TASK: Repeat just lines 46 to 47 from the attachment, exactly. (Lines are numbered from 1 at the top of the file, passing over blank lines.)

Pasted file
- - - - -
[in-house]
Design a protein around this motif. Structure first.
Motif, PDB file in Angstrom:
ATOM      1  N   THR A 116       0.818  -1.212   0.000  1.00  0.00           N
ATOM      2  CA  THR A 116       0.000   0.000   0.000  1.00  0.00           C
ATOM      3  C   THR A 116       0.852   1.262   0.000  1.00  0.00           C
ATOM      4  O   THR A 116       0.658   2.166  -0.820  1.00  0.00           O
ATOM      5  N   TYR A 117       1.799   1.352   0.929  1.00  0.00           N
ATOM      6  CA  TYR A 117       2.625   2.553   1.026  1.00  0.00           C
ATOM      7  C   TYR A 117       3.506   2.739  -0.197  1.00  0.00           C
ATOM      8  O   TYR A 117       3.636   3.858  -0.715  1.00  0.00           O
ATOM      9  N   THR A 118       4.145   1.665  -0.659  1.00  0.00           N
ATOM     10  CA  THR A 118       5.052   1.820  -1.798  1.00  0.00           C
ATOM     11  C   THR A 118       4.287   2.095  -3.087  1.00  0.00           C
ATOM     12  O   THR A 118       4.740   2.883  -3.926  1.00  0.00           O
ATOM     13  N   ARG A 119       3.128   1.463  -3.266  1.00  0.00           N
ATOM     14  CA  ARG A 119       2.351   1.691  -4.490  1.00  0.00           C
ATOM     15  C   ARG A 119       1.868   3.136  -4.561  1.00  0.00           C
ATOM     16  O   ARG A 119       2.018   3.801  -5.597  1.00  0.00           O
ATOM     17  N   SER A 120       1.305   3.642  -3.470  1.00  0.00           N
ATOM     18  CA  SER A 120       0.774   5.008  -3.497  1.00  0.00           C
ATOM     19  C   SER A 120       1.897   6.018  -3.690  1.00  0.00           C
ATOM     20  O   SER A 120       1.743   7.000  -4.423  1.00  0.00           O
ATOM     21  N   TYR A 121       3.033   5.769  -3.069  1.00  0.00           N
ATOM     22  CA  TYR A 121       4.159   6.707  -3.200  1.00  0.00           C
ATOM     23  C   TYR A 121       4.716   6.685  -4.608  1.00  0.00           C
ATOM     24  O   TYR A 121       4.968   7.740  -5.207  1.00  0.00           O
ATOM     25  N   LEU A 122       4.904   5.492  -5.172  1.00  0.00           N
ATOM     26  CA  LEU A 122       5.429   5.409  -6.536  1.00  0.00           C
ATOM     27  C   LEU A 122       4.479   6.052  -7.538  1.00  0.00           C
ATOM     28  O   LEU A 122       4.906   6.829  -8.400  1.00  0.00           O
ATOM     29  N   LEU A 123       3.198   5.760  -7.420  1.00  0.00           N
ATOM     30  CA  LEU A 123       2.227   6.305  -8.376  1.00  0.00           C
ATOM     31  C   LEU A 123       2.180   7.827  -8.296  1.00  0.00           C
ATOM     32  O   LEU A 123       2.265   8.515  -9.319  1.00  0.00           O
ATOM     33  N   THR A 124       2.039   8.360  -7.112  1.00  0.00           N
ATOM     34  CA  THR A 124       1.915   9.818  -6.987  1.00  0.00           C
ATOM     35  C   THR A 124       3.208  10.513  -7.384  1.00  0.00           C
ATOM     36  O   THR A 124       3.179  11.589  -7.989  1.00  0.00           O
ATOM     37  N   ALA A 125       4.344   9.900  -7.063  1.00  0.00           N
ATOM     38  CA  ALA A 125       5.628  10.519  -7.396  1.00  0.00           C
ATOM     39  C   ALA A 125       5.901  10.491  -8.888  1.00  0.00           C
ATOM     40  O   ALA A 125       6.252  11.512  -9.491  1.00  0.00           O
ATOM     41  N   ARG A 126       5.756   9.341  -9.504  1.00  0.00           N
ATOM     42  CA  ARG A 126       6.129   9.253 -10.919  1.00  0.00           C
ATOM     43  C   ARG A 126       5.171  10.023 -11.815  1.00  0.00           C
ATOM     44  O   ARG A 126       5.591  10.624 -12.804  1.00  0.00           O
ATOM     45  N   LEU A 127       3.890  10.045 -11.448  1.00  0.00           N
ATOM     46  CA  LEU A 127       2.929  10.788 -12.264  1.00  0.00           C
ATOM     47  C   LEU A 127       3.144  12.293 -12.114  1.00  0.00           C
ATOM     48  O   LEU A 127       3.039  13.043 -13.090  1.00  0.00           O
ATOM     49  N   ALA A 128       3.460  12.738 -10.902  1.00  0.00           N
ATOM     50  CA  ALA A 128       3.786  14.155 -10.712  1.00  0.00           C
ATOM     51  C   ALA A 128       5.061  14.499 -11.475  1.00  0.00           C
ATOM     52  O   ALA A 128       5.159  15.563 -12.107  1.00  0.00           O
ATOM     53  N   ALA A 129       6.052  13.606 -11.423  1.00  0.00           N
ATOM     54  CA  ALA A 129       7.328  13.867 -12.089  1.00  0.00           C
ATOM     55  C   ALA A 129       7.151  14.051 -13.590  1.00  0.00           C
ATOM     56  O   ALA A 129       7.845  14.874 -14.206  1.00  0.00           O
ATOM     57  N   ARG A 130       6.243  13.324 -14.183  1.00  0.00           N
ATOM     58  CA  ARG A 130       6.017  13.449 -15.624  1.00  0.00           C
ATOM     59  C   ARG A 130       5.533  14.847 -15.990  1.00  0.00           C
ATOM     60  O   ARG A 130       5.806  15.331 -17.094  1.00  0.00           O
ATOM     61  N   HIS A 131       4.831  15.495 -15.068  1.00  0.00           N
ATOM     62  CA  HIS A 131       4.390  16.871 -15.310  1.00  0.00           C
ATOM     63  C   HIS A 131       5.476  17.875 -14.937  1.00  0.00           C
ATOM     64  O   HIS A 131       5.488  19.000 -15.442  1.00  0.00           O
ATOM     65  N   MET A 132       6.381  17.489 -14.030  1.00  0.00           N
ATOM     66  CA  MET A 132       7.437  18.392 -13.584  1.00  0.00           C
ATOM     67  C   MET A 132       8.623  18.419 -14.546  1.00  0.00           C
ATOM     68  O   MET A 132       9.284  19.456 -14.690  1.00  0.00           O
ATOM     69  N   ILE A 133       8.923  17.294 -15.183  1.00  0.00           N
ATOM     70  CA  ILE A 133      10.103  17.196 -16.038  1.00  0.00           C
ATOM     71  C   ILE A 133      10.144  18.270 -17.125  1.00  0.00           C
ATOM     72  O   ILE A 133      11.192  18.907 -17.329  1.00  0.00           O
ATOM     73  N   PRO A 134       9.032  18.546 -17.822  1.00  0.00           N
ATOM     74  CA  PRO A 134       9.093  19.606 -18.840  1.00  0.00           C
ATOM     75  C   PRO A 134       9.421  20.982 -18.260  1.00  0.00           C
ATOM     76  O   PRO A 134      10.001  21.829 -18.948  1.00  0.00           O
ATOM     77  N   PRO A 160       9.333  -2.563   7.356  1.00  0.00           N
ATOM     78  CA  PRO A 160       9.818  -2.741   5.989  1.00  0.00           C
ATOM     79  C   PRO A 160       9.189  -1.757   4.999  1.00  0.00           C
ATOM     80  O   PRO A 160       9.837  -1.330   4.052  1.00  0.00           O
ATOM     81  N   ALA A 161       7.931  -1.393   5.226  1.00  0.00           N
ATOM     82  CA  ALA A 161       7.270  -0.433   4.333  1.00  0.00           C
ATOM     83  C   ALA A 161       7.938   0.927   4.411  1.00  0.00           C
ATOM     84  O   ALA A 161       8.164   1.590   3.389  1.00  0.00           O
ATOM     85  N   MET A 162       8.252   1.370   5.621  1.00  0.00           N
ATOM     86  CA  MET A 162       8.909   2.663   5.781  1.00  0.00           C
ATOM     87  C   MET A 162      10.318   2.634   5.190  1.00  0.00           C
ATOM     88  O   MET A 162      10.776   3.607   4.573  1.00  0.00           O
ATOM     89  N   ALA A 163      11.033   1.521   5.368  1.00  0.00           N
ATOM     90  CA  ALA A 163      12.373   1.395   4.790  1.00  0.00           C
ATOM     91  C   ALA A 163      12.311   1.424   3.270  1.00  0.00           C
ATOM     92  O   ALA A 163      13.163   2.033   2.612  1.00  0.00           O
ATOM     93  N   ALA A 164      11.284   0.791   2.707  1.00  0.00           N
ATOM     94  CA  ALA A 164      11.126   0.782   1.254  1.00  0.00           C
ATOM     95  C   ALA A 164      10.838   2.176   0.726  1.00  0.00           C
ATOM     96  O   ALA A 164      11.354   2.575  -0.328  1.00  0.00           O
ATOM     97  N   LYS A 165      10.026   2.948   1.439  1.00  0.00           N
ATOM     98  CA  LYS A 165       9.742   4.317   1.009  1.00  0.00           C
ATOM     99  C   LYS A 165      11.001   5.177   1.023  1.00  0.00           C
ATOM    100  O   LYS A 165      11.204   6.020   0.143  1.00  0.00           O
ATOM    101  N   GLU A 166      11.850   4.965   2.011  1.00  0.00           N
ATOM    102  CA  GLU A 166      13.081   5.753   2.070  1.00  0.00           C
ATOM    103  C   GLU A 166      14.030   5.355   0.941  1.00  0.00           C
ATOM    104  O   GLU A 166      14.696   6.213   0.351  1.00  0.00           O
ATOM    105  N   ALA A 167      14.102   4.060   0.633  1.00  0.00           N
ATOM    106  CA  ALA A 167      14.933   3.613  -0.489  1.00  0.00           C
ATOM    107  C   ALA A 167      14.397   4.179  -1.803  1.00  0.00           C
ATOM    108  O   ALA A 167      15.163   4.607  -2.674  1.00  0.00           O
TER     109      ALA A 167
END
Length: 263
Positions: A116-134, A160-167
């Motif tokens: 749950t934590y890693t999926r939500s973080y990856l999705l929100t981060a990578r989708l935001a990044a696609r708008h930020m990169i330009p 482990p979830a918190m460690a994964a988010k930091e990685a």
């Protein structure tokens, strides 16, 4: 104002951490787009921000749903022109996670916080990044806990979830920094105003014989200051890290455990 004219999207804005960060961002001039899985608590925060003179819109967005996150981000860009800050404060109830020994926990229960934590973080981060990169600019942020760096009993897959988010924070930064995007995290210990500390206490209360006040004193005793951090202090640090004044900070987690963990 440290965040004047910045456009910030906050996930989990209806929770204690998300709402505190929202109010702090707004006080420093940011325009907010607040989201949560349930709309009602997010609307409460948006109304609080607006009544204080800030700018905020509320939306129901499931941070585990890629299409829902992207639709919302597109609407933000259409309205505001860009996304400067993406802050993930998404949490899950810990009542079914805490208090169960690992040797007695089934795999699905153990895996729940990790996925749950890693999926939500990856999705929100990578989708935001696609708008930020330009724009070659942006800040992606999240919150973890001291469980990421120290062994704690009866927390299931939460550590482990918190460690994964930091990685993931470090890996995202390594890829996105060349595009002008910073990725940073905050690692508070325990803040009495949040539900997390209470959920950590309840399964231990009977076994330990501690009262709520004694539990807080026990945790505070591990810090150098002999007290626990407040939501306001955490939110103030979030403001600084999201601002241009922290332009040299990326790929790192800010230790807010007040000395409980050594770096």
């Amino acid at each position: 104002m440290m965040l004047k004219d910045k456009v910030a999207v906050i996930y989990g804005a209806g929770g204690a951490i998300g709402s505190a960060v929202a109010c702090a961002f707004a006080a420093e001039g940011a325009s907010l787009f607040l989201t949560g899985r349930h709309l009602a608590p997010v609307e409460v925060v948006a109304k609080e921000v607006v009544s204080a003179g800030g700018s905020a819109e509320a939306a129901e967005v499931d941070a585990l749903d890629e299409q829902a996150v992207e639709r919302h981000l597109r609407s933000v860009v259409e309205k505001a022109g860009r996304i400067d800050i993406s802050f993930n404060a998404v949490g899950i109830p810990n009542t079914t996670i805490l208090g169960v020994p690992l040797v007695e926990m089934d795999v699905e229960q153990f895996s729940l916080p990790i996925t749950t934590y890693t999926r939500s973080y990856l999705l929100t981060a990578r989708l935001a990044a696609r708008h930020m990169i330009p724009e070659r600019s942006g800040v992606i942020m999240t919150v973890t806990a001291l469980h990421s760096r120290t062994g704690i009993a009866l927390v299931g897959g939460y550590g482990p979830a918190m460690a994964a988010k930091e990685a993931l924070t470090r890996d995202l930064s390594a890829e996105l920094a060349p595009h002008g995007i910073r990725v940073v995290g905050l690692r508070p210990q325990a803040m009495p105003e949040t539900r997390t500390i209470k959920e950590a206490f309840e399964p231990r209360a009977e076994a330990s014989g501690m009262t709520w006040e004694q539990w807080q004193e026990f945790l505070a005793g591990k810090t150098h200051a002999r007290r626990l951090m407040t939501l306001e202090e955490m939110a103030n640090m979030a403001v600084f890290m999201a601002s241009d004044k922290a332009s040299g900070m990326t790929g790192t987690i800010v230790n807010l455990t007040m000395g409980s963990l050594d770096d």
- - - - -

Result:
ATOM     43  C   ARG A 126       5.171  10.023 -11.815  1.00  0.00           C
ATOM     44  O   ARG A 126       5.591  10.624 -12.804  1.00  0.00           O